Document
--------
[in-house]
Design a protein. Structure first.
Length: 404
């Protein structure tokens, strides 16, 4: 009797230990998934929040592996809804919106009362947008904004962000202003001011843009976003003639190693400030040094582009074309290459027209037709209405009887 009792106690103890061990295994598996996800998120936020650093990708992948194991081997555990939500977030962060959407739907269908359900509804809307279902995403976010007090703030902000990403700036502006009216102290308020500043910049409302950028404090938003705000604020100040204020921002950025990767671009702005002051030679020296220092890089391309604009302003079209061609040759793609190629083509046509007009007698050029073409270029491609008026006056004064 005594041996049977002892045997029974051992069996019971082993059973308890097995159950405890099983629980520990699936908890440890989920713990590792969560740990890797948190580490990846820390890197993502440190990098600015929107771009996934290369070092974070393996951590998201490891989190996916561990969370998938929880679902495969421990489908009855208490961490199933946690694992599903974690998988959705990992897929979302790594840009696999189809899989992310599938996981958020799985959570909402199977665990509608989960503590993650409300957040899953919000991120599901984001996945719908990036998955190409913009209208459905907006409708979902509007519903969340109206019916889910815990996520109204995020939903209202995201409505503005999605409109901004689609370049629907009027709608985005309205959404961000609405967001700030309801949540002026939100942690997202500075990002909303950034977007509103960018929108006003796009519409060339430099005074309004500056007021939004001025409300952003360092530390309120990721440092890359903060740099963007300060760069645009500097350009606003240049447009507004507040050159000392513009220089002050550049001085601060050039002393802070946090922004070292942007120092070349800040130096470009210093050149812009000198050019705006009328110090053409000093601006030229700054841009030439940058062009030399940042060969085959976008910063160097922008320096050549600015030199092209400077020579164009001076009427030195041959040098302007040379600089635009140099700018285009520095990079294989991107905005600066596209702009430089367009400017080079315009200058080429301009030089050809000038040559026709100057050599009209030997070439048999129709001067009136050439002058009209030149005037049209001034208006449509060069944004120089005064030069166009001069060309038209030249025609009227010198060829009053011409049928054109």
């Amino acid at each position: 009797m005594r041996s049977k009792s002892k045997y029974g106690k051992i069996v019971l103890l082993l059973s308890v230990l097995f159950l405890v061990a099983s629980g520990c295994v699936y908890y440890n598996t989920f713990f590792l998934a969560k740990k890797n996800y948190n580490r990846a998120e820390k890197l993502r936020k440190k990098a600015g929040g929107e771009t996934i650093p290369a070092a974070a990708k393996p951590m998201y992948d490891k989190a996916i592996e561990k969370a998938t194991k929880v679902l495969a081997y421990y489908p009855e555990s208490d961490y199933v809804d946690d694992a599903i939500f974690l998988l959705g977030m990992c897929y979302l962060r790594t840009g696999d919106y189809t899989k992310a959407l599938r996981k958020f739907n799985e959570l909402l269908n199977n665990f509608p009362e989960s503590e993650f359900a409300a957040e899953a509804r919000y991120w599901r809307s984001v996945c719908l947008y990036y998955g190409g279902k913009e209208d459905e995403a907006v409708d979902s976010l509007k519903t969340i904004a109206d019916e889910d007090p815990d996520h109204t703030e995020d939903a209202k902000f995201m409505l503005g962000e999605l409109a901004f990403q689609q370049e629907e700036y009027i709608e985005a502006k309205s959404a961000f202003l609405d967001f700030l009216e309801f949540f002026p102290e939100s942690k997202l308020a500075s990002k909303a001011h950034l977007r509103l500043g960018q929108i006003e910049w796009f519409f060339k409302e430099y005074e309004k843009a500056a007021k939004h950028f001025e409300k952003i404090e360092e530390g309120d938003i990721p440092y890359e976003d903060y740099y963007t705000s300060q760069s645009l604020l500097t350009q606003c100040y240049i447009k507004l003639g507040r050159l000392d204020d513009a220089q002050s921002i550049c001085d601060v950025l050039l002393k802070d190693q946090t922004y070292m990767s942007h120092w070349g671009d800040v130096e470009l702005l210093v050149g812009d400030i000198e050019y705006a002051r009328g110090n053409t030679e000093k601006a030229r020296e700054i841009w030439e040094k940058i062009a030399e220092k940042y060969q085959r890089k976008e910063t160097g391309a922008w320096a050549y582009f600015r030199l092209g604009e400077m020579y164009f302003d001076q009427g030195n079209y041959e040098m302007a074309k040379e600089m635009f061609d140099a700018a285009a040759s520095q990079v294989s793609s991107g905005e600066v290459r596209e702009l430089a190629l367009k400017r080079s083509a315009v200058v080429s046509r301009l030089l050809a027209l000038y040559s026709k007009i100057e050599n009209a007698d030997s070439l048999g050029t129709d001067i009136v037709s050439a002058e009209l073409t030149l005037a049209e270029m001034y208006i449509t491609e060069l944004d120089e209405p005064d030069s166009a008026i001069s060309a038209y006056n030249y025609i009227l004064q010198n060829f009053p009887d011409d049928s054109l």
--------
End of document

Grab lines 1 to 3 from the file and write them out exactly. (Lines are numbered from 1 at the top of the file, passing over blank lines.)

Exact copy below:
[in-house]
Design a protein. Structure first.
Length: 404